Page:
Hawaii teachers reject contract in ‘blow’ to Race to the Top

Public school teachers in Hawaii have rejected a contract that called for a move to a performance-based evaluation and compensation system, as required by the Race to the Top grant that the state won from the Obama administration, the Washington Post reports. The rejection comes shortly after Hawaii was warned by the U.S. Department of Education that its $75 million Race to the Top grant had been put on “high-risk status”—the first state to be so sanctioned — because it had not moved quickly enough to implement specific reforms. Sixty-seven percent of about 9,000 teachers, counselors and others represented by the Hawaii State Teachers Association opposed the contract, which was seen as a way to move Race to the Top efforts forward and improve its status with Washington…

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Stress blamed for student tics at New York school

State health officials have determined stress likely caused a dozen female high school students to suddenly experience tics and other neurological symptoms associated with Tourette Syndrome, they said on Friday, Reuters reports. The Le Roy Central School District, about 50 miles east of Buffalo, scrambled to conduct environmental testing for air quality and mold after 12 students developed tics and impulsive verbal behavior over the course of the last three months.

But state health investigators ruled out environmental factors, latent side-effects from drugs or vaccines like Guardasil, trauma or genetic factors. The girls were all treated by doctors and most are improving, school officials said…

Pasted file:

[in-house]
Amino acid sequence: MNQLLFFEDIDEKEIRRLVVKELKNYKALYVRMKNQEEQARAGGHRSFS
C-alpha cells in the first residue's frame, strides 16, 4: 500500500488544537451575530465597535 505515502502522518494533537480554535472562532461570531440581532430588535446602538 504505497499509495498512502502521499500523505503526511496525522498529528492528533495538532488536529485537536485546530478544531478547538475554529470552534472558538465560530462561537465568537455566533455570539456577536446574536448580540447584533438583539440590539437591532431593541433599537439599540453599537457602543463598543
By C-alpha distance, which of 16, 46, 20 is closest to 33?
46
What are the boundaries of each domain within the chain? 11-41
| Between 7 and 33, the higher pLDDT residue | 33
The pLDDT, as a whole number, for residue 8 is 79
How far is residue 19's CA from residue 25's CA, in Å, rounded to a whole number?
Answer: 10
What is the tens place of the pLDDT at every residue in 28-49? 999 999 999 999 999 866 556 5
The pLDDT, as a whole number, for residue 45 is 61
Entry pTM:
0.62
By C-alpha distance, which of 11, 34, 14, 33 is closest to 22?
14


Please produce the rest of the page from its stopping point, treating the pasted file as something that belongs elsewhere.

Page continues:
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U.S. Department of Education seeks teacher input on education policy

In a joint effort between the U.S. Department of Education and the Close Up Foundation, 50-100 teachers from across the country will meet with the Department’s Teaching Ambassador Fellows nine times between January and May to discuss education-related issues, according to a Jan. 17 press release issued by the U.S. Department of Education, says Yahoo! News Contributer, Laura Sauer. What I want to know is, is it too late to sign up? Our education system is in the midst of radical change, from revisions to No Child Left Behind (NCLB) to funding deficiencies. Who better to consult about education issues than teachers, like me, battling them every day? If I were to attend, I would begin with the problems associated with the current administration’s revisions to NCLB…